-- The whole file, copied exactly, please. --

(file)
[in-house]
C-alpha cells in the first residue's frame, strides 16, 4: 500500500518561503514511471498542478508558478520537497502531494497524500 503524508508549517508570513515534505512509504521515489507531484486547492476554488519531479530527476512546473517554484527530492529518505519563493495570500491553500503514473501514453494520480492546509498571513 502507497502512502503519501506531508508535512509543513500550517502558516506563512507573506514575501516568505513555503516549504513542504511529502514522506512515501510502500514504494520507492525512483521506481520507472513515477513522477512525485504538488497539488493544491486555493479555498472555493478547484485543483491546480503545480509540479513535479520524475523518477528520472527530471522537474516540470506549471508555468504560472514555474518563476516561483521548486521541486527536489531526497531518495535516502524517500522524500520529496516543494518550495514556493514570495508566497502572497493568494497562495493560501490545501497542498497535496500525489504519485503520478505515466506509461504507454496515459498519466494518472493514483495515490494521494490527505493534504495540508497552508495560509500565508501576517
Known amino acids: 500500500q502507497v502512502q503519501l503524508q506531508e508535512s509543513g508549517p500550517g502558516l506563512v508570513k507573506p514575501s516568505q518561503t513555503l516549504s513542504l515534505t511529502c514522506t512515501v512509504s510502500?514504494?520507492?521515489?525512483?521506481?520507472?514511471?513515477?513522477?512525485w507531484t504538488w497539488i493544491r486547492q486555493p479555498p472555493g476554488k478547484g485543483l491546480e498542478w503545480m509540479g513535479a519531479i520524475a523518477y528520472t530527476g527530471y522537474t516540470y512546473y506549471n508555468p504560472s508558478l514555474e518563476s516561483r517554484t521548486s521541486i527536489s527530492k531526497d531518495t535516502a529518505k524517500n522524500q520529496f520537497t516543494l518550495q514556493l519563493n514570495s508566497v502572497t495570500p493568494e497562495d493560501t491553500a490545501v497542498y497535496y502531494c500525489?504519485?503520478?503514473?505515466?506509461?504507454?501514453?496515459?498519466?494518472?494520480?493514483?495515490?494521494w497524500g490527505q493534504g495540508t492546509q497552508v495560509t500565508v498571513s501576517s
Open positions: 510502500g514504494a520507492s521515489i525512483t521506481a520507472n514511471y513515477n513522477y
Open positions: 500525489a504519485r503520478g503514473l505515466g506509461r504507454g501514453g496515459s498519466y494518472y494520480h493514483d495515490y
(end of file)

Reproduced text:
[in-house]
C-alpha cells in the first residue's frame, strides 16, 4: 500500500518561503514511471498542478508558478520537497502531494497524500 503524508508549517508570513515534505512509504521515489507531484486547492476554488519531479530527476512546473517554484527530492529518505519563493495570500491553500503514473501514453494520480492546509498571513 502507497502512502503519501506531508508535512509543513500550517502558516506563512507573506514575501516568505513555503516549504513542504511529502514522506512515501510502500514504494520507492525512483521506481520507472513515477513522477512525485504538488497539488493544491486555493479555498472555493478547484485543483491546480503545480509540479513535479520524475523518477528520472527530471522537474516540470506549471508555468504560472514555474518563476516561483521548486521541486527536489531526497531518495535516502524517500522524500520529496516543494518550495514556493514570495508566497502572497493568494497562495493560501490545501497542498497535496500525489504519485503520478505515466506509461504507454496515459498519466494518472493514483495515490494521494490527505493534504495540508497552508495560509500565508501576517
Known amino acids: 500500500q502507497v502512502q503519501l503524508q506531508e508535512s509543513g508549517p500550517g502558516l506563512v508570513k507573506p514575501s516568505q518561503t513555503l516549504s513542504l515534505t511529502c514522506t512515501v512509504s510502500?514504494?520507492?521515489?525512483?521506481?520507472?514511471?513515477?513522477?512525485w507531484t504538488w497539488i493544491r486547492q486555493p479555498p472555493g476554488k478547484g485543483l491546480e498542478w503545480m509540479g513535479a519531479i520524475a523518477y528520472t530527476g527530471y522537474t516540470y512546473y506549471n508555468p504560472s508558478l514555474e518563476s516561483r517554484t521548486s521541486i527536489s527530492k531526497d531518495t535516502a529518505k524517500n522524500q520529496f520537497t516543494l518550495q514556493l519563493n514570495s508566497v502572497t495570500p493568494e497562495d493560501t491553500a490545501v497542498y497535496y502531494c500525489?504519485?503520478?503514473?505515466?506509461?504507454?501514453?496515459?498519466?494518472?494520480?493514483?495515490?494521494w497524500g490527505q493534504g495540508t492546509q497552508v495560509t500565508v498571513s501576517s
Open positions: 510502500g514504494a520507492s521515489i525512483t521506481a520507472n514511471y513515477n513522477y
Open positions: 500525489a504519485r503520478g503514473l505515466g506509461r504507454g501514453g496515459s498519466y494518472y494520480h493514483d495515490y